Draft Agenda for Construction Identifies Respiratory, Dermal Hazards among Areas in Need of Research

Published October 11, 2017

The new draft National Occupational Research Agenda (NORA) for Construction identifies respiratory and dermal hazards as “problematic areas” in need of research to help reduce the frequency of occupational disease in construction workers caused by these hazards. The draft agenda, which is intended to identify the most important occupational safety and health research needs for the decade spanning 2016–2026, notes that construction workers can be exposed to “severe airborne exposures” during abrasive blasting, jack hammering, rock or well drilling, concrete drilling, welding, and other tasks. Dermal exposures associated with mixing, pouring, and spreading concrete, and exposures to UV rays of sunlight during long work hours, are also of concern.

“The physical demands of the job and limited modified work opportunities suggest that respiratory diseases are costly to construction workers,” the draft agenda reads. “Ongoing research in this area with many partners has resulted in some major successes, including significant reductions in worker exposures during asphalt milling and asphalt paving.”

The document also describes how research efforts to understand and reduce silica exposures were used extensively to support the technical basis of OSHA’s final rule to protect workers from exposure to respirable crystalline silica, which was published in March 2016.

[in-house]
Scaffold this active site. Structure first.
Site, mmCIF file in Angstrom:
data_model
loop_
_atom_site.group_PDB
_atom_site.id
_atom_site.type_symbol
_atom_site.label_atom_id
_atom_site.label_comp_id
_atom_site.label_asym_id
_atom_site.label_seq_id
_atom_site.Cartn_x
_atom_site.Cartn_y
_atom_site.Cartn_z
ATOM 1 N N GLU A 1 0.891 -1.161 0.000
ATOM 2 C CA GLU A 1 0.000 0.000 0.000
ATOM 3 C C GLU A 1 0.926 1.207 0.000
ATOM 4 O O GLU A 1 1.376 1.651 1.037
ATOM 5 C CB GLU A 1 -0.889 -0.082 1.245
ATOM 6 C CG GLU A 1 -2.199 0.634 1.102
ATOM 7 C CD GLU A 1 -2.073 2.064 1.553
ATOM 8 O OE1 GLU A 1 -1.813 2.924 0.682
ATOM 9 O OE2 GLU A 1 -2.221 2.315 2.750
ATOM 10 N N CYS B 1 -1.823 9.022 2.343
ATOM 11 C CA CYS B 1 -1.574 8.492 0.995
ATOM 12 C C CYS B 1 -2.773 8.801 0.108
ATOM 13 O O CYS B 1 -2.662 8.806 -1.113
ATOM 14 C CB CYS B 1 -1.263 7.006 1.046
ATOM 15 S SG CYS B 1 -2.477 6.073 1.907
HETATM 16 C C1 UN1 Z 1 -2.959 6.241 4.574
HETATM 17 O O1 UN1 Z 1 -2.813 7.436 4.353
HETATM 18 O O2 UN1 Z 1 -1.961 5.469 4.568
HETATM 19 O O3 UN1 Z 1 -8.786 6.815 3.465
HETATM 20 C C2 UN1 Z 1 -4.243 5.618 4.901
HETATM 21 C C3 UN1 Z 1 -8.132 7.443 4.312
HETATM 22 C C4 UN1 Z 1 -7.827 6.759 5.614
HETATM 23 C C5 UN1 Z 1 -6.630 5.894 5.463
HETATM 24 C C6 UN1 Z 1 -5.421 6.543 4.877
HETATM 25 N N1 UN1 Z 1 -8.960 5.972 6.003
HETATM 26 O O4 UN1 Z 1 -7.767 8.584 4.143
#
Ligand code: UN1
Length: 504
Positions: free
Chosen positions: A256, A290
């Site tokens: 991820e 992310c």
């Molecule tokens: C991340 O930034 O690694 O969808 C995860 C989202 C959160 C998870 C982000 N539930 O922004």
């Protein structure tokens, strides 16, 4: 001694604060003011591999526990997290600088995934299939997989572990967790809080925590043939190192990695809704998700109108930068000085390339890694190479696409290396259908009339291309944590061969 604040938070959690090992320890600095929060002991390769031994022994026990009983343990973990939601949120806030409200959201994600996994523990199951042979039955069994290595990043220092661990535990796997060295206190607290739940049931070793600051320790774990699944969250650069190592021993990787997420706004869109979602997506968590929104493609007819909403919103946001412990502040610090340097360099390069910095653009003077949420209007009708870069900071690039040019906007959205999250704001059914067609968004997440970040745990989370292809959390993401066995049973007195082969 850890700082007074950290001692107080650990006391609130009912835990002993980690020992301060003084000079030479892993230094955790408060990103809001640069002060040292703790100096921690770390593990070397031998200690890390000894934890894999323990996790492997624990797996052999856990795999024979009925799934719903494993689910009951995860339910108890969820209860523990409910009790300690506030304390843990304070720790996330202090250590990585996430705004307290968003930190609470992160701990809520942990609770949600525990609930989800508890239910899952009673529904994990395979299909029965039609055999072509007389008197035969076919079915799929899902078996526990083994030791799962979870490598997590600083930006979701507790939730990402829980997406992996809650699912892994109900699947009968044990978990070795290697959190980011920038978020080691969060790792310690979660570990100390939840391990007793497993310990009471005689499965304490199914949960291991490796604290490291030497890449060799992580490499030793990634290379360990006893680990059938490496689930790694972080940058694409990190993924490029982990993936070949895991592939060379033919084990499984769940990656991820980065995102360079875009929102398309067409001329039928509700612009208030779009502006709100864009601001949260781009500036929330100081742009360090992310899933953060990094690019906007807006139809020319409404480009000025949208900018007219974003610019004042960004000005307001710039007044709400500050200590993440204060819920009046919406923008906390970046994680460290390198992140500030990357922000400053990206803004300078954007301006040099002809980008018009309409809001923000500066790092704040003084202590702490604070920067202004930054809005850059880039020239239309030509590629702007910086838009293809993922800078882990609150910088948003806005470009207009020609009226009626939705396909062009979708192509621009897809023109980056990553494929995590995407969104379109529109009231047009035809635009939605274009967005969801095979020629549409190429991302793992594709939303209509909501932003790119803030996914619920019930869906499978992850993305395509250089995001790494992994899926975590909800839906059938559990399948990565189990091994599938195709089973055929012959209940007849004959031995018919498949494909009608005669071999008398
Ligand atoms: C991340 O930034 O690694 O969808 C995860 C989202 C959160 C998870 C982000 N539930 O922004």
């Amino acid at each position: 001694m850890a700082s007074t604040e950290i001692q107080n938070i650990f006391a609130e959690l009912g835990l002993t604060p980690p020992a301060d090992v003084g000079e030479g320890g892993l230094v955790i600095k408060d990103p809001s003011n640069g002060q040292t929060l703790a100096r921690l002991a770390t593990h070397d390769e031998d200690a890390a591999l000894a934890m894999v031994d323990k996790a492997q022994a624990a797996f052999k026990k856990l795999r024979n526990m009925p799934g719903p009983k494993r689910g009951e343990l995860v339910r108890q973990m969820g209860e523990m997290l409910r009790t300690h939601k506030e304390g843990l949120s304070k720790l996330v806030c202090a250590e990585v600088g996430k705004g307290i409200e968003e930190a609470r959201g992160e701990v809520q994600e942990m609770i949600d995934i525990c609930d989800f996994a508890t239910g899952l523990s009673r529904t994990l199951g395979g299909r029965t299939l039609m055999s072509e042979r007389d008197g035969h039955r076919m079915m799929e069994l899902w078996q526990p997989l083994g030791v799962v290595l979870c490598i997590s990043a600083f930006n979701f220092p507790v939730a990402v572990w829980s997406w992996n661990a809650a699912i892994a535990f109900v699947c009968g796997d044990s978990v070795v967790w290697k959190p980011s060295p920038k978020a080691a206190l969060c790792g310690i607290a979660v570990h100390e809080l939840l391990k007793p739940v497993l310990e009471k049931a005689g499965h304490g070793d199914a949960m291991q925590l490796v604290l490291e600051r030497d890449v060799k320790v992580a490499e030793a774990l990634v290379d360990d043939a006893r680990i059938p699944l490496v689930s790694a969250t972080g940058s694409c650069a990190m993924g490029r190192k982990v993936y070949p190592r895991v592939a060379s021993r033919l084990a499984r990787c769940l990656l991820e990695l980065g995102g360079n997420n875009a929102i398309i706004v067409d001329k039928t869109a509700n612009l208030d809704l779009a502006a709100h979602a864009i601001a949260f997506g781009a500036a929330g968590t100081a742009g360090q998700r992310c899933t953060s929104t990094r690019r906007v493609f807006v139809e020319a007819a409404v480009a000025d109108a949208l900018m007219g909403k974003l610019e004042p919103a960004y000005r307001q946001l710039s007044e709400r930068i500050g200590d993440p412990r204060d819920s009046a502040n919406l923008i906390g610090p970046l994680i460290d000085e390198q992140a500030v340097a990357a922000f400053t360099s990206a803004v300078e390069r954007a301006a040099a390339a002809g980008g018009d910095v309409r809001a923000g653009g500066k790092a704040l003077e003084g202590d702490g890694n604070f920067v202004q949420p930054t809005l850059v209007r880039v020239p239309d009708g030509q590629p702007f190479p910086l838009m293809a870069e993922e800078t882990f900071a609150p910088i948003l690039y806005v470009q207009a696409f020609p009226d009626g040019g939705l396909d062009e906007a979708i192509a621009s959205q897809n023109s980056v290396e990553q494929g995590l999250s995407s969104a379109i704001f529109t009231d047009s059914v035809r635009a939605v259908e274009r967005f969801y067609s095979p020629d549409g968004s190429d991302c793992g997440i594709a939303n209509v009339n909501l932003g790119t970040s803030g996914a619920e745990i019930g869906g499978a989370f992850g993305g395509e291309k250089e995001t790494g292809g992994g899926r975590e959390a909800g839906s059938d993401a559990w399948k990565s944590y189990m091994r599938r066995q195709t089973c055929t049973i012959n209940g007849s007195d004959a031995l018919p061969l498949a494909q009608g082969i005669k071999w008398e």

According to the draft agenda, research is needed to improve the ability to determine how much of a reduction in exposure is needed to prevent adverse health effects; improve the existence and performance of control technologies; and evaluate the effectiveness of interventions using video exposure monitoring and related tools. Further research may also help improve the dissemination and use of known interventions.

Other areas identified for further research include occupational hearing loss in construction, exposure to excessive heat and environmental conditions, and emerging issues such as nanomaterials, prescription opioid abuse, and robotics, automation, and exoskeletons.

The draft National Occupational Research Agenda for Construction is available as a PDF in the docket on Regulations.gov. NIOSH invites comments on the draft agenda through Nov. 27, 2017. Instructions for submitting comments are available in the Federal Register notice.

NORA is a partnership program that was created in 1996 to identify and address critical issues in workplace health and safety. Construction is one of 10 sector groups based on major areas of the U.S. economy. Learn more on NIOSH’s website.